On October 23rd 1968 we get introduced to the Fuzzmaster Mark IV for the first time! 

After 10+ months of mindless text-filled ads we got this monstrosity of sloppily laid fonts, big ridiculous proclamations, and a somewhat confusing announcement about the newest member of the Claybridge fuzz family. Also, the price went down $16 from the previous model. Which was most likely the reason for the less complicated "update" to an already existing pedal.

Later that December we again see an ad announcing the new Fuzzmaster Mark IV, which also marks the first time Bridges runs with Electronics Australia magazine.

Just a couple of weeks later, December 18th 1968, Bridges goes with this ad below; that again features the new Fuzzmaster Mark IV, but also mentions the amplifiers and general PA equipment they have for rent/sale. Additionally he tries his hand at "art". :)

Apparently he was on a bit of a roll by the last week of 1968, and this ad actually made it into a national publication... 

And then we enter into 1969. The most prolific and ridiculous year for Claybridge advertisements. 

I left out any redundant ads from this section, but I think you'll have no problem painting your own picture of what business must have been like for Bridges at this time.

The first thing we see is this awesome photo ad that shows not only the Fuzzmaster Mark IV, but also the wide range of amplifiers, cabs, mixing boards, microphones, etc. that Claybridge had to offer.

Then a month later, in April of 1969, we see what is definitely my favorite ad of the whole bunch. Clearly Bridges was getting help with graphic design at this point, and more clearly he's trying to capture what Spring of 1969 in Australia was all about, but look how awesome this is! If it was a shirt, I would 100% wear it. ;)

For Way Out Sound

For WILD Sax Sounds

Long Sustain

Also, Claybridge was really pushing that tagline by this time, "For Prestige Sound". Which while I don't really know what that's supposed to mean, it does sound nice.

In July of 1969 he releases this 4 part ad campaign, spread over 4 separate pages of Electronics Australia magazine, to announce their display at the upcoming Melbourne Audio & Visuals Fair. 

I would love to find photos of this! I'm picturing a weird 60's proto NAMM with electronics geeks and audio nerds hanging out everywhere. You know, like today's NAMM!

All four of these ads are the most professional and striking ones Claybridge ran in the 60s. The other thing I've noticed is that I was not able to find any version of these without the "Stop Press" stripe added to them; meaning that Bridges was probably doing even more advertising in different publications that I have yet to track down.


Then in December of 1969 Claybridge released this double-full page ad that probably has the best photos of not only the amplifiers and PA's they had to offer, but also an echo/tremolo unit, the Wildcat version of the Fuzzmaster makes its first appearance, and this is also the first time we see what I call the "Pick" logo, that appears on the production version of the Wildcat.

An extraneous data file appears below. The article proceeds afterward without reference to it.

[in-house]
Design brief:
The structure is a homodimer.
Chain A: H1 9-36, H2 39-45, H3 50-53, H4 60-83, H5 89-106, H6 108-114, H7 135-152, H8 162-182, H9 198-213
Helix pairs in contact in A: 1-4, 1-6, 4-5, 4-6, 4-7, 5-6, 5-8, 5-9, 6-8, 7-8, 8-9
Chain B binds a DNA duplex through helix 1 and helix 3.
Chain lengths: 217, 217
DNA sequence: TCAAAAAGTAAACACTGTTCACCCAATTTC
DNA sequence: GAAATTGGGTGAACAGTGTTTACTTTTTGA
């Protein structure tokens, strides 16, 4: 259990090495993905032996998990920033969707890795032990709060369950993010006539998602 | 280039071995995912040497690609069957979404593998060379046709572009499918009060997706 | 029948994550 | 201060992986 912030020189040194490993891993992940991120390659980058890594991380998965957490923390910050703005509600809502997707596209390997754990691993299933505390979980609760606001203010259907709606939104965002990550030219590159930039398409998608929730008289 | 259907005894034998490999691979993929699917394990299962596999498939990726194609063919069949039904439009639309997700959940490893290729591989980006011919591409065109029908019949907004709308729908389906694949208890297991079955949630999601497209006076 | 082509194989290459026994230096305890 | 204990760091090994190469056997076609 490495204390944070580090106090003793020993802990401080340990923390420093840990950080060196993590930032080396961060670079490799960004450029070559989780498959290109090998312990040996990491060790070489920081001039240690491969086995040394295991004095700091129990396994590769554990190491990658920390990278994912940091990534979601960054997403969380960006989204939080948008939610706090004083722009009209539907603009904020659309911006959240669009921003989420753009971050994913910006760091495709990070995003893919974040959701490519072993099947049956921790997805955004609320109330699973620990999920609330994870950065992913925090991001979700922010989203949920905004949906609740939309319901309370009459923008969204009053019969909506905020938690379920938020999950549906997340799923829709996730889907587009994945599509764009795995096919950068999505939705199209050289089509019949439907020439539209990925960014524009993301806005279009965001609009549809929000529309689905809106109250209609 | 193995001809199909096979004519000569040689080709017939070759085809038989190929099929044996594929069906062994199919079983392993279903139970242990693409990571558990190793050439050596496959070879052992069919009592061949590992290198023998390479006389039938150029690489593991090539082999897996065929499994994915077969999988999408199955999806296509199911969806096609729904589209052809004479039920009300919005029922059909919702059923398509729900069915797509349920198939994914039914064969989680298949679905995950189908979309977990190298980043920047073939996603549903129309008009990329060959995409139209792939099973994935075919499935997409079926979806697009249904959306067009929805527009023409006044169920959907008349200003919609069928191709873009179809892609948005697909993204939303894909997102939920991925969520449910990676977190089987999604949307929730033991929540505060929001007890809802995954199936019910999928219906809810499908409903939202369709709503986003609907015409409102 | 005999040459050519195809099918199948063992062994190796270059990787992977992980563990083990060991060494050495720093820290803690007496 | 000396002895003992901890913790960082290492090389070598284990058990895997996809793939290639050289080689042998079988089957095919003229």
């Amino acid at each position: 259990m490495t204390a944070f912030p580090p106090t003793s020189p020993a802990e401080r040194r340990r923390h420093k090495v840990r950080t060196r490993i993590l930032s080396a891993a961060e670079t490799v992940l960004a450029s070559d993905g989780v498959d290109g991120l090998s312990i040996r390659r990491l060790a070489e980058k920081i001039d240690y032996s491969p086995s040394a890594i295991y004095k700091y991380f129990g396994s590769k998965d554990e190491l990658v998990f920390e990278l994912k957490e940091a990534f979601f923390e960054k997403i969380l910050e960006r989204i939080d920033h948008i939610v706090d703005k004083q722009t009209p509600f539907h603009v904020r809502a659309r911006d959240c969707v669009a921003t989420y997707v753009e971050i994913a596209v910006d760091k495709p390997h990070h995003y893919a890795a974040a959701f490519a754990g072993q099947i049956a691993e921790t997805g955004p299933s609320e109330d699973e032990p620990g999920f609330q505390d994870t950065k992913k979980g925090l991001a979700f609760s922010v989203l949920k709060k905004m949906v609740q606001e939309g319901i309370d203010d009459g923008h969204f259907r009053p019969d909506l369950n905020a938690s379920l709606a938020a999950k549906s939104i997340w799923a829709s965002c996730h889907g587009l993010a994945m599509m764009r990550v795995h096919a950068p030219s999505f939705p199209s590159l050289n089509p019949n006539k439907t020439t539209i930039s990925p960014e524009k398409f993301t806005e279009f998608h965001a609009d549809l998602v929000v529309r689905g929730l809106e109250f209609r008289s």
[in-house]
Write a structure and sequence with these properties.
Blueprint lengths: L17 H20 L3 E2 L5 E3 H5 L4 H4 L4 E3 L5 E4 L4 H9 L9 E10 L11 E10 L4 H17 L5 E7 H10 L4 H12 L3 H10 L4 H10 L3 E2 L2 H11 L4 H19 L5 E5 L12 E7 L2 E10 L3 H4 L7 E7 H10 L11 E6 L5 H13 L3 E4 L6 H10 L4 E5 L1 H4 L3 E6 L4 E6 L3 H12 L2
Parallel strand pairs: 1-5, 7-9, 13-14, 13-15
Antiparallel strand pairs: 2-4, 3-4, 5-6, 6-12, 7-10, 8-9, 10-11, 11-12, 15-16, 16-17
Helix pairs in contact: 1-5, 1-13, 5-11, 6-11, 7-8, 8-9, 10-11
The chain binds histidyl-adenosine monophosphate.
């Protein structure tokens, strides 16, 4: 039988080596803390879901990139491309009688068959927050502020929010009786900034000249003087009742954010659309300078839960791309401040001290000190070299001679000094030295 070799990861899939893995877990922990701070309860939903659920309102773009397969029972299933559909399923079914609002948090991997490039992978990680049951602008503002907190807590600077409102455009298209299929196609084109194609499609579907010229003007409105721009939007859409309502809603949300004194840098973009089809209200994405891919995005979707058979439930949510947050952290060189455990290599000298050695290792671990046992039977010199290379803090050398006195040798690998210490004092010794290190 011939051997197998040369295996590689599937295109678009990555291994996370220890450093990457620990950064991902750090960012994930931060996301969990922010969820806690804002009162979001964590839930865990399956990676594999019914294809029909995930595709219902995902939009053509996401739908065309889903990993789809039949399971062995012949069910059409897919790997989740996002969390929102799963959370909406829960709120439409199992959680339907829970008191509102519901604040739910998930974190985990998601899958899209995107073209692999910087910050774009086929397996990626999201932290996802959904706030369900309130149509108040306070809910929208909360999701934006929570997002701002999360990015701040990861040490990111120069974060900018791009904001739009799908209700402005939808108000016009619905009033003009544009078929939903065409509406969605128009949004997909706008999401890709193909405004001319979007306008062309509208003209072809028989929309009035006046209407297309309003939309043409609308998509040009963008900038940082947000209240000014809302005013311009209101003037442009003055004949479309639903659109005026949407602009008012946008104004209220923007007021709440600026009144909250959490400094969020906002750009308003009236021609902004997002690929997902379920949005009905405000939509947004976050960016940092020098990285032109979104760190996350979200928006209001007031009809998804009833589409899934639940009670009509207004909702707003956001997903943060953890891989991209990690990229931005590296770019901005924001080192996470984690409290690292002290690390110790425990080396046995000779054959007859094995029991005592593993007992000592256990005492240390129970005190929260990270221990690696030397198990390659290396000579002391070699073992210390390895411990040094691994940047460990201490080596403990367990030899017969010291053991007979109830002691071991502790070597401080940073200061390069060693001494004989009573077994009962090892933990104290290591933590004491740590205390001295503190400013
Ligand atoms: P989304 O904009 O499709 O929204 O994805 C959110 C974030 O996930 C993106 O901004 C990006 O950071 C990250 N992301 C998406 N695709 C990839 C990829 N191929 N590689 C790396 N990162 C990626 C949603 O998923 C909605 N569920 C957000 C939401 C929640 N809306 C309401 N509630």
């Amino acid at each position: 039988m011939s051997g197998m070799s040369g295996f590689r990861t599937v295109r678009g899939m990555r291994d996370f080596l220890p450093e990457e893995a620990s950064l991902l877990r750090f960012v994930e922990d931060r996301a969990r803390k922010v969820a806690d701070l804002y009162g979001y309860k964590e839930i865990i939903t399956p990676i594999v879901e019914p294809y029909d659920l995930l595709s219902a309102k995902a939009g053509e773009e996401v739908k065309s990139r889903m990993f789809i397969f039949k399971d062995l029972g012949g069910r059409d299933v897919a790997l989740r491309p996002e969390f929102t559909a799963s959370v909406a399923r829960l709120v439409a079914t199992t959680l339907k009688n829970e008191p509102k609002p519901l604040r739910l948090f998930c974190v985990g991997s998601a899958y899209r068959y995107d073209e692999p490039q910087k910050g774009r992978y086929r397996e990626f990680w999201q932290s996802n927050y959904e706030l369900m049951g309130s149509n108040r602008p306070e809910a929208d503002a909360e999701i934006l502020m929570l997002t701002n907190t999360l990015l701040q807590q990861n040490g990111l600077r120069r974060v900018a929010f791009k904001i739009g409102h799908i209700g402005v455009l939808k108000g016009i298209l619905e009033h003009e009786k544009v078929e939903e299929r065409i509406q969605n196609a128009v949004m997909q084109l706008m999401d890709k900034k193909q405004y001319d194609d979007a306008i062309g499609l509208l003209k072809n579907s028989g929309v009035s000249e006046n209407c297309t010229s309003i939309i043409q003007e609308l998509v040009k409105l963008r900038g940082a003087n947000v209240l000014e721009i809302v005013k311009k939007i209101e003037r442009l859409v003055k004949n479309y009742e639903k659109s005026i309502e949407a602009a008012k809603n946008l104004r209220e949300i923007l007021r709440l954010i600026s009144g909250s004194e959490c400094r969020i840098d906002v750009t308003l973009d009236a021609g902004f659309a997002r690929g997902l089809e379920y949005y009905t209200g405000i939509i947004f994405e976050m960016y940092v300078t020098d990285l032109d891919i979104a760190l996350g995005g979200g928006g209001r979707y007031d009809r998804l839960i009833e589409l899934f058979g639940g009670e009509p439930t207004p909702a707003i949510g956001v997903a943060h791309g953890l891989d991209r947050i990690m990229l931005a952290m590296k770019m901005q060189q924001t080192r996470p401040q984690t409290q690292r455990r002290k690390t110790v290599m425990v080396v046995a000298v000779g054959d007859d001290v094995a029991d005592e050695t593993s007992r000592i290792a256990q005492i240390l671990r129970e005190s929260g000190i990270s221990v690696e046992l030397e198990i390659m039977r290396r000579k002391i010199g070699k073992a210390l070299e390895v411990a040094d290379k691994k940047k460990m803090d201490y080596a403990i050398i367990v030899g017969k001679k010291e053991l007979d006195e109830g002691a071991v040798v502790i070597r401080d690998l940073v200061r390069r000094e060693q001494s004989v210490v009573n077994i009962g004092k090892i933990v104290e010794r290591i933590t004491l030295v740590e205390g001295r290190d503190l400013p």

This is most likely a condensed version of the Claybridge Catalogue, but obviously there's no way of knowing until I find an actual copy.

The Wildcat announcement surprised me, and as the timeline goes, will be the major correction to the previous article. I thought for sure it came before the Mark IV, but I feel like Claybridge had done well for at least part of 1969, and with that growing popularity Bridges decided to re-release the original 3 transistor Fuzzmaster design. The overall build seems a bit more cost/time effective, and while it was still not as expensive as the original Fuzzmaster, he was able to sell this at an increase of $7 over the Mark IV. 

As for the name change, we can see from all this advertising that Bridges was constantly trying something different to attract a bigger audience and sell his products. I haven't mapped out the circuits for both pedals, but my hunch is that they are very very similar in design. 

Well, after that big push in 1969 we don't see another ad pop up until July of 1970 for a "Monster Catalogue" (which I have to find!) that shows just about everything from the previous ad but all condensed to a single image. *edited for size

Again Claybridge goes cold on the advertisements, this time for almost a year, and the final ad (posted in the previous article) came out in March of 1971. It's an announcement of the Grand Opening of yet another new location, a new logo, and a new name "Claybridge Audio". 

The most important part of this ad to me is the photo of the Treble Booster which we hadn't see until now. But there's no mention of a fuzz pedal anywhere, and Bridges is still offering discounts, and using hyperbole and scarcity to generate excitement for his brand. 

After this, the ads disappear. It is possible that more came later on, but when it comes to the sources I was referencing, this was it.

Thank you to anyone who read this far and came along this nerdy journey with me. :)

A lot of conclusions can be made from looking through this mountain of ads and seeing the progression from week to week. I won't spoil this with my own conclusions, so I'll just leave it up to you to interpret it anyway you'd like.

What I will say is that the Claybridge Fuzzmaster is an amazing pedal that perfectly captures a moment in history, and learning more about its origin only increases the fuzzy joy it brings every time I plug into it. 

*If you haven't read part 1, go here and check it out. There's photos of the actual units, gut shots, and all the pedal porn you could ask for.

Also, part 3 is coming soon...

Thanks for reading,